Alfonso Soriano pulled off quite the rebound this season, hitting .262/.322/.499 with 32 homers and 108 RBI. Still, he’s not sure about his future with the Cubs and he’s weighing retirement once his contract ends, CSNChicago.com’s Patrick Mooney reports.
“It depends how long,” Soriano said when asked if he wants to stay with the Cubs. “If they want to rebuild for next year, I’ll be here. But if they want to take longer than two years, then they have to think about moving me out to another team that can win quickly. I have two more years on the contract and maybe I retire after that. I just want to have one more shot to go to the World Series before I retire.”
Soriano could have had that shot this year, but he said he wasn’t going to waive his no-trade clause when the Giants showed interest in him. He’s believed to prefer the East Coast if traded.
Soriano is still owed another $36 million, and while he seemed rejuvenated this year, there’s no way the Cubs could move him without eating a portion of what he’s owed. It’s something they are willing to do, though. Given the lack of quality corner outfielders available in free agency, there might be a couple of teams interested in taking a chance on Soriano come December or January.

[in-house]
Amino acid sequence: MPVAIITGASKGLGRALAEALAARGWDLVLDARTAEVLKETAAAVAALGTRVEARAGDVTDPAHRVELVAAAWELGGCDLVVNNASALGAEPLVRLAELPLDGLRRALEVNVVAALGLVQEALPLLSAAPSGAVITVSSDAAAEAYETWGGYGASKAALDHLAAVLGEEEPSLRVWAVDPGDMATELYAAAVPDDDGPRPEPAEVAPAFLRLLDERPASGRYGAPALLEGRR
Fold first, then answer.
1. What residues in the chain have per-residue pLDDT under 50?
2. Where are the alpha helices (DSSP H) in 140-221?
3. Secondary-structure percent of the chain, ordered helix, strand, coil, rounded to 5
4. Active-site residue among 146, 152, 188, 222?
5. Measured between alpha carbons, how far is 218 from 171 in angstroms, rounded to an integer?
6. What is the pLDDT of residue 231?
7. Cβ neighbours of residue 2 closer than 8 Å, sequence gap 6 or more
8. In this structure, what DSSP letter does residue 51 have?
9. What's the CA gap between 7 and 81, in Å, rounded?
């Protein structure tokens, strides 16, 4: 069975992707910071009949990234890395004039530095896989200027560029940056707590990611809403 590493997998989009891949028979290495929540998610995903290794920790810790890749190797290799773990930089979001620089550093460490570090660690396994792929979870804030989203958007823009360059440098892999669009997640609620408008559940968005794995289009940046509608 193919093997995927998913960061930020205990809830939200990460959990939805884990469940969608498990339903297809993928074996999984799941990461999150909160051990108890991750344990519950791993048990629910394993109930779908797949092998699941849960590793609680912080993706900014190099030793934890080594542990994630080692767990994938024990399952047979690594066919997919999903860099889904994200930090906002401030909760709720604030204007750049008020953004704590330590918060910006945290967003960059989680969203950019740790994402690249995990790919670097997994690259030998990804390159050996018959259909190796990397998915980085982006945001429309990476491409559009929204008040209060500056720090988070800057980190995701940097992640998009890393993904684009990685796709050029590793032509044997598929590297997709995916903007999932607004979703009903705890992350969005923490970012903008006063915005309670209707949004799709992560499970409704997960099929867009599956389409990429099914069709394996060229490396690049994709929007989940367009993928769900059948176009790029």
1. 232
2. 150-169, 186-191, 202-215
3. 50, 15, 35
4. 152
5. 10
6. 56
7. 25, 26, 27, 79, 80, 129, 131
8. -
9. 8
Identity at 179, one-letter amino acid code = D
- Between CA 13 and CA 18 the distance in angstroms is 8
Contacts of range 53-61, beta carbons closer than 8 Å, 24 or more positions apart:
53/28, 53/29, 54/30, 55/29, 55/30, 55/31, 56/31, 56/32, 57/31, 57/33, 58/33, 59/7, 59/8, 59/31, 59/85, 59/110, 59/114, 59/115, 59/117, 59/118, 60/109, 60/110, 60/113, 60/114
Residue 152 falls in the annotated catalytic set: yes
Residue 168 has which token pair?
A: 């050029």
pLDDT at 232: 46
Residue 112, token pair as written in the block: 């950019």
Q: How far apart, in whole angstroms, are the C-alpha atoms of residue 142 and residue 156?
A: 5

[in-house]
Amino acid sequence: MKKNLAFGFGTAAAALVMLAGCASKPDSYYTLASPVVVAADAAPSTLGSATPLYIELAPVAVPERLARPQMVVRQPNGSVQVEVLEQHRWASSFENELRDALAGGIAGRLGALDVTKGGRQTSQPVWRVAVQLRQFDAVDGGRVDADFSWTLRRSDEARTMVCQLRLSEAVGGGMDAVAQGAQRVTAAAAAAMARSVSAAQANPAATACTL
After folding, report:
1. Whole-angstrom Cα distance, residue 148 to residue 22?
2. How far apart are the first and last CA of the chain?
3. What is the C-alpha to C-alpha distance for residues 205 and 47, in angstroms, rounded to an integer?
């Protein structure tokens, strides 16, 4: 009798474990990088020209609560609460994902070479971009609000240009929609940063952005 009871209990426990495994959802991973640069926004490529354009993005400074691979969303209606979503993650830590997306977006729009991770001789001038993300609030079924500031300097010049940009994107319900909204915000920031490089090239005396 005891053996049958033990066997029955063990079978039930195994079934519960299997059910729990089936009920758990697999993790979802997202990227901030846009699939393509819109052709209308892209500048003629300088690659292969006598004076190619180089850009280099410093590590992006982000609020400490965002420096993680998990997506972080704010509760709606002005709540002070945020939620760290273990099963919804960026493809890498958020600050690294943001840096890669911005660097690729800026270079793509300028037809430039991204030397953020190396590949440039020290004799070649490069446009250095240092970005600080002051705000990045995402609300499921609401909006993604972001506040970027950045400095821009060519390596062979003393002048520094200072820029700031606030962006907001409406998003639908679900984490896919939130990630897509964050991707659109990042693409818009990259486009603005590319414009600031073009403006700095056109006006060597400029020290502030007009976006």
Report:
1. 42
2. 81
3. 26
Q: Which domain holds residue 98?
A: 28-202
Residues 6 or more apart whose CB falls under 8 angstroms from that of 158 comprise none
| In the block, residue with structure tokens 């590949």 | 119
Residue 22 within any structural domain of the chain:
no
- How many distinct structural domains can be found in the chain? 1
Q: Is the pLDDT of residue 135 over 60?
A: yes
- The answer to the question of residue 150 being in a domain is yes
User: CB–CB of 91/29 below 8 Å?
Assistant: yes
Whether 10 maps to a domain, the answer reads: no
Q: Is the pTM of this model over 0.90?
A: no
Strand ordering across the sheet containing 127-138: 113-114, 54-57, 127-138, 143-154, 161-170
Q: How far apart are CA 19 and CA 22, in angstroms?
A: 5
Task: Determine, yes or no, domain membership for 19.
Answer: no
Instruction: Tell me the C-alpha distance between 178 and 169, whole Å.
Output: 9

Despite the earlier rain, the All-Star Game got underway on time and following the usual pregame festivities Max Scherzer took the hill to face the American League.
Scherzer did great in the first inning, striking out Mookie Betts and Jose Altuve and then, following a walk to Mike Trout and giving up a single to J.D. Matinez, retired Jose Ramirez on a weak popup. Scherzer was cooing with gas: the reigning Cy Young winner had not thrown a pitch as fast as 98 m.p.h. all season, but he threw three of those during his scoreless first.
Chris Sale‘s work in the bottom half was more about nasty stuff than mere heat. Following a leadoff single allowed to Javier Baez he got Nolan Arenado to fly out to left, struck out Paul Goldschmidt on a nasty slider and then got Freddie Freeman out via a fly to left.
Aaron Judge led off the second. The same Aaron Judge someone wrote today could be trade bait if the Yankees felt so inclined. Which, um, OK, that was dumb anyway, but it looked even dumber when Judge muscled Scherzer’s second pitch — a letter-high fastball — out to left field with many, many feet to spare for a homer.
Scherzer got the rest of the A.L. side, but the damage had been done. The American League leads 1-0 after an inning and a half.